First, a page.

It seems obvious now, now that we have Elizabeth Gilbert and Lauren Winner and loads of other great women writers talking about faith and life and everything else. But Anne Lamott, in my view, is the first, and the best, and the one we’re all paying homage to when we write about our faith in honest and unguarded ways, using humor and honesty to drop people’s defenses and invite them into the loveliness and the mess.
I want Anne Lamott at my dinner party because she pioneered. She is interesting and so wildly different from me in virtually every way, but I adore her, and I think her writing is just flawless. It's true: she changed everything for me.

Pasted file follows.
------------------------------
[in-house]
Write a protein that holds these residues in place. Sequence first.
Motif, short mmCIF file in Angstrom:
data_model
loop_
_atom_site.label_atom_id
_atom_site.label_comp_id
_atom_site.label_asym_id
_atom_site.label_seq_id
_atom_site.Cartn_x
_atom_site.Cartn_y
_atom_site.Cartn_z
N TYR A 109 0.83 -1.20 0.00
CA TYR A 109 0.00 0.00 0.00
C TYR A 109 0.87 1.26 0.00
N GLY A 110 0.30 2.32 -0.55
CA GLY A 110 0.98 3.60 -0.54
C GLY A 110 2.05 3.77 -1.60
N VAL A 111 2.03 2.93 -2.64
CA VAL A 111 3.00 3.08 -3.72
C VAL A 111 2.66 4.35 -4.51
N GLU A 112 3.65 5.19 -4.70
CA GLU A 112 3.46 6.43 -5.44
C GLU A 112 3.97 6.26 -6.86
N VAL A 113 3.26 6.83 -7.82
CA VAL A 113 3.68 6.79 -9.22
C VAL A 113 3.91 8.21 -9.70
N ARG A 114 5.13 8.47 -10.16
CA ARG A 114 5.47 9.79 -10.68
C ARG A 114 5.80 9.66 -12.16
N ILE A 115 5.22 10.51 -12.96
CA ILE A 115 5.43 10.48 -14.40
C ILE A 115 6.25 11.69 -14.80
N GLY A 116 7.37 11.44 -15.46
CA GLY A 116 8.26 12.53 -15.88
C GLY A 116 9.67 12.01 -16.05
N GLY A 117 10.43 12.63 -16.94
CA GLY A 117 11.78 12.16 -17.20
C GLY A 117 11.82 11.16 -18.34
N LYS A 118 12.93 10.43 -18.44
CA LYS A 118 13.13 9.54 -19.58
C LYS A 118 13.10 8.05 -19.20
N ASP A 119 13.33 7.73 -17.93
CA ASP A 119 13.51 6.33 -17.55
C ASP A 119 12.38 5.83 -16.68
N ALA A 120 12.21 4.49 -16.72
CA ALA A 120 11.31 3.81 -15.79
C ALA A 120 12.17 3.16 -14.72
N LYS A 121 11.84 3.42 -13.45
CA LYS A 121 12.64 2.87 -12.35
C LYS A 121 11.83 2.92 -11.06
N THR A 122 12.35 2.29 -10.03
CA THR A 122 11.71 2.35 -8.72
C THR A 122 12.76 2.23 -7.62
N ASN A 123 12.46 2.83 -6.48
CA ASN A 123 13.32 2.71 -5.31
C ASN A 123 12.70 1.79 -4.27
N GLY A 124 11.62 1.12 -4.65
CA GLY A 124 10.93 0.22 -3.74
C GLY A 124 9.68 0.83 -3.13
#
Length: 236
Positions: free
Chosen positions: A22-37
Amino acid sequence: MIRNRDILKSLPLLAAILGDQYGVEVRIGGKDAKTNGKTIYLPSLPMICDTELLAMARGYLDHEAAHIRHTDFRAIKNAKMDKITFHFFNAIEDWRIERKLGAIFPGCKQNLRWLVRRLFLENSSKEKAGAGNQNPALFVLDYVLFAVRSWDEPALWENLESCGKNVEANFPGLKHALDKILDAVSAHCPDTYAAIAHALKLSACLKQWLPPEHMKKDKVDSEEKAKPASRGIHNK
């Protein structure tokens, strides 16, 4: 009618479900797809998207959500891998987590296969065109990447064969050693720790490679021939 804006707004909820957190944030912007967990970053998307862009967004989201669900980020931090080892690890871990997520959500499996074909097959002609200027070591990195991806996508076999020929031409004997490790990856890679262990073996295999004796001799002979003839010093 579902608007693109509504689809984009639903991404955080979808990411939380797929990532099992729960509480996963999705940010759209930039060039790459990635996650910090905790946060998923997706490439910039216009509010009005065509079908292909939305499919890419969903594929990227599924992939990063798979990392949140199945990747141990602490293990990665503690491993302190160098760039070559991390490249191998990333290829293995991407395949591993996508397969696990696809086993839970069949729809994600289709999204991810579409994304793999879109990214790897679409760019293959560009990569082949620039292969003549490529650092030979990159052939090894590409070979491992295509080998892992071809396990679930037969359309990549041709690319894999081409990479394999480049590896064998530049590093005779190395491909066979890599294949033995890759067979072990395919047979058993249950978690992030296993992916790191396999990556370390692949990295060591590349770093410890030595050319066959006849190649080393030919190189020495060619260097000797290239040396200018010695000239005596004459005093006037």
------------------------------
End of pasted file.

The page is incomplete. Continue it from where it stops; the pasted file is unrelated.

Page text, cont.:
This would be the theme of my dinner party: strong women. Women who have gone before me, in all different arenas, and survived. Careers that have survived, marriages that have survived, senses of humor that have survived. Women like my grandmothers, who have carried their families through on their backs, multiplied what they were given, and scratched, clawed, cried, and willed things into existence with pure stubbornness and gumption.
I certainly don't think there would be a dull moment.
Who would be at your hypothetical dinner party? Share one, five, or twenty!